Marci McFadden is chief of communications and community engagement for the Monterey Peninsula Unified School District in California.
Effectively communicating with families has never been more important, but many districts are finding it increasingly difficult to connect with key stakeholders. There are several reasons for this, and most of them can be addressed through concise, targeted and engaging school communications.
It is important to remember school is usually one commitment out of many for busy families. As a result, communications can easily get buried among everyday responsibilities. And if schools and districts send uncoordinated messages from too many places and too often, it’s easy for parents and guardians to experience message fatigue and stop listening.
The Monterey Peninsula Unified School District has been guilty of sending uncoordinated messages in years past, and this year, we are prioritizing pushing most messages through our school sites and existing principals’ communications because that is what most families read first.
Compounding these challenges are the sometimes inconsistent or even lengthy messages sent to parents. Combined, these issues create a “perfect storm” of communication difficulties.
Five steps to improved school-home communications
Whether you’re using your unified communications platform to send an update for the week, emergency messages, quarter grades or report cards, or requesting district forms, it’s important to make it as easy as possible for your parents and guardians to absorb the information and act on it when necessary.
Below are five best practices MPUSD has incorporated into its communications guidelines and practices among its 21 school sites that are paying high dividends — known as greater engagement.
- Create a subject line that resonates. We’ve all seen them — bad subject lines that fall flat and get lost in the sea of emails and app notifications competing for attention. If the subject lines for your communications are generic, confusing, or require a second glance, then chances are you may lose parents before they even open your message. What’s specific wins. To maximize opened emails, give your audience some clues as to what your message is about and what you’re expecting them to do with it.
- Organize and focus your message. The body of your message is critical for conveying information. Reading, understanding, and engaging with your communications shouldn’t be a time-consuming task for busy parents and guardians.
Put essential information at the top of the message, provide a clear call to action if necessary, and consider using video, images, emojis, and color to add interest to your message. Be sure to consider your audience, too.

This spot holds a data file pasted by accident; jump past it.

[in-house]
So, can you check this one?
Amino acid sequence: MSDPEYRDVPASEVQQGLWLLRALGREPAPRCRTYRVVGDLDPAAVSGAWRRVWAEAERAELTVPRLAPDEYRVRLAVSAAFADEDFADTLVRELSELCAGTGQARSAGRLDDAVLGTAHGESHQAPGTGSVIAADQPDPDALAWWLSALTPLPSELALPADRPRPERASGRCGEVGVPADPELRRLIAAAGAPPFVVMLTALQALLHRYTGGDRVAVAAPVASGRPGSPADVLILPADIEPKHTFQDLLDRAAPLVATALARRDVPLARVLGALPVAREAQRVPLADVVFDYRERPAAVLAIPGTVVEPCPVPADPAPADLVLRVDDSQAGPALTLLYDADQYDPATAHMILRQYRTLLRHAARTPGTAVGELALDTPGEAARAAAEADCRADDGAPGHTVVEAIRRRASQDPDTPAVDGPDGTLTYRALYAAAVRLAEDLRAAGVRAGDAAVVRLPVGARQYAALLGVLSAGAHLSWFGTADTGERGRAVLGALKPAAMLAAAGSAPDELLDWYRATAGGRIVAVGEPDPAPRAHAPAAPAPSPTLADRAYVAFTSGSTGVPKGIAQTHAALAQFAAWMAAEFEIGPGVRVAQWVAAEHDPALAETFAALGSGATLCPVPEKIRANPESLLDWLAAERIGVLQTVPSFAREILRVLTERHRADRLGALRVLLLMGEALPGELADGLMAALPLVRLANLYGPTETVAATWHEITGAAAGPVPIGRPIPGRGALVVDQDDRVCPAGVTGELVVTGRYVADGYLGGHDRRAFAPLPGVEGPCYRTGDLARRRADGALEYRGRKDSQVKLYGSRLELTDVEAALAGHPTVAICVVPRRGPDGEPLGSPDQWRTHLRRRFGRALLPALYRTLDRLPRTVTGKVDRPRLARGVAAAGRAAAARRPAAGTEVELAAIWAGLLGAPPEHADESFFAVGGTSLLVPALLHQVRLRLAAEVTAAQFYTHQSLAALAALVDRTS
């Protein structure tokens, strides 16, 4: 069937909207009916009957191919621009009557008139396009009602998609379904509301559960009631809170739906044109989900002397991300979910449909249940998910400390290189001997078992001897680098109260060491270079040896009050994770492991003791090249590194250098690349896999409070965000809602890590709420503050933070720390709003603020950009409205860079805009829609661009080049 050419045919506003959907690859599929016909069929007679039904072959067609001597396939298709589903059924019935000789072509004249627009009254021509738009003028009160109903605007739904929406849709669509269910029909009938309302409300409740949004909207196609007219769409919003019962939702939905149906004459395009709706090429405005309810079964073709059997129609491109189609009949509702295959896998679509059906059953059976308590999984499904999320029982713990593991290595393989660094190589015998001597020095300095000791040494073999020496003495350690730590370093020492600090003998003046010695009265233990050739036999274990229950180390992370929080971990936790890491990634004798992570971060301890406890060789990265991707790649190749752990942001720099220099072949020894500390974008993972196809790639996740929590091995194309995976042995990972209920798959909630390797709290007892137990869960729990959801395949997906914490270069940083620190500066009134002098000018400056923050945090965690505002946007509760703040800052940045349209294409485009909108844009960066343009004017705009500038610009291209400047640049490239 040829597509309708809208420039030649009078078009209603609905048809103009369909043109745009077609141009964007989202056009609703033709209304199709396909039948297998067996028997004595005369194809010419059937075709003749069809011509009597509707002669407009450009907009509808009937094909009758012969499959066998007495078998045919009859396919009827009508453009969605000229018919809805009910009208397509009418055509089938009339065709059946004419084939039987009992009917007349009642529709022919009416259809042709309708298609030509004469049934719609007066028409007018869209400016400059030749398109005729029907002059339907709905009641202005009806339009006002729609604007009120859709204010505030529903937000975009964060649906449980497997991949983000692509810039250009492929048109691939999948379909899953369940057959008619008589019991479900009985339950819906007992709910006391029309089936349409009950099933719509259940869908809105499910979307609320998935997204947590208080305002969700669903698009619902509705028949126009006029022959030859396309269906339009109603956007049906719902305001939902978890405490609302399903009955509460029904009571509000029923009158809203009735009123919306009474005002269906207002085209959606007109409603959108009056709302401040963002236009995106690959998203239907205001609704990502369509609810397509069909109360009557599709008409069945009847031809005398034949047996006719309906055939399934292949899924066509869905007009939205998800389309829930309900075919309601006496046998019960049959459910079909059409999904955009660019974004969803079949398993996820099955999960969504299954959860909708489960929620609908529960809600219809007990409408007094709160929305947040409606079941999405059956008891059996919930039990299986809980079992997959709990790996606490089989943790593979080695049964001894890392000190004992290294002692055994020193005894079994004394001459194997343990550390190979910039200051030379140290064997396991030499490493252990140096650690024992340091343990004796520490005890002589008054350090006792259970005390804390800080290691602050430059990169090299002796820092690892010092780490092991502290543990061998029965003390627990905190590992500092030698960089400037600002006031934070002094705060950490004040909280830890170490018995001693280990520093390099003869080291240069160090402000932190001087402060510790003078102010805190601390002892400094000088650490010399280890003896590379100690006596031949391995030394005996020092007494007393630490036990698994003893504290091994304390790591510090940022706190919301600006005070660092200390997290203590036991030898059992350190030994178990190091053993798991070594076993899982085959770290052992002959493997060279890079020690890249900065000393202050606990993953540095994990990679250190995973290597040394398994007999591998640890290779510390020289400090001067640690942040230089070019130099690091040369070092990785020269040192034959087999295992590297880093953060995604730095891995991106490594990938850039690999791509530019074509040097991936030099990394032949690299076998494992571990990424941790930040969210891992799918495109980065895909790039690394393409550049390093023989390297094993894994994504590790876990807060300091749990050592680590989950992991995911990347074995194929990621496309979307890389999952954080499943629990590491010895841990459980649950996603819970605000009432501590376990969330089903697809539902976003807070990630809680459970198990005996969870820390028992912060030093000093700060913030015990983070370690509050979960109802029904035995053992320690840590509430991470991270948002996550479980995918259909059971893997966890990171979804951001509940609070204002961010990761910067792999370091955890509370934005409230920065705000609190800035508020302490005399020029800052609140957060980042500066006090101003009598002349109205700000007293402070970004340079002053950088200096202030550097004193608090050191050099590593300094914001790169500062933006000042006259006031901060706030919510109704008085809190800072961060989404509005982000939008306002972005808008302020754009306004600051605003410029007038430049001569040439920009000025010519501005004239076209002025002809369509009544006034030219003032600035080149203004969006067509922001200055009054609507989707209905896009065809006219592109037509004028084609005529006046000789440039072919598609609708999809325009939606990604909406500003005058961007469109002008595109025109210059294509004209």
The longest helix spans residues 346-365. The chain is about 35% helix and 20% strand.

For many families, we might overlook the fact that English is a second language or that some parents are not able to read beyond the middle school level. Remember to keep it simple, and less is more.
- Write a message you’d want to receive. Before you send a message to parents or guardians, consider what kind of message you would want to receive. Don’t send messages that lack pertinent details or are full of lengthy paragraphs. Consider changing the content to ensure your communications demonstrate excitement and deliver specific information with clear-cut expectations and key information in digestible bullet points and sentences.
- Use consistent branding and structure. District newsletters, principal messages, and classroom updates can all benefit from consistent visual branding and structure. Thoughtful branding helps you break through the clutter so your communications are immediately recognizable and delight your school community.
With modern communications platforms such as the one MPUSD uses — ParentSquare — you can create custom, branded templates with an easy-to-use drag and drop interface and make them accessible to your principals, teachers and/or staff across all school sites. This will help administrators, educators and other staff members save time and stick to content best practices, which you can include in your templates.
- Get everyone on the same page. Develop a set of simple, clear guidelines that highlight best practices for subject lines and content organization. Outline appropriate use of key elements, like district or school logos and student photos, preferred fonts, and any approval process for more sensitive or far-reaching communications.
Then, train key people in each department and building. Make them “communications champions” who can train others and answer ongoing questions or help you evaluate your communications efforts throughout the year.
Finally, consider updating your communications guidelines as there is likely to be unavoidable staff turnover to account for and scheduling an annual refresher course to retrain the trainers.
Keep in mind that communicating with families is one of the many responsibilities staff and teachers have. Play the long game, as it might take months to several years to build up your communications platform. Help make communications as easy as possible with these simple yet powerful tips.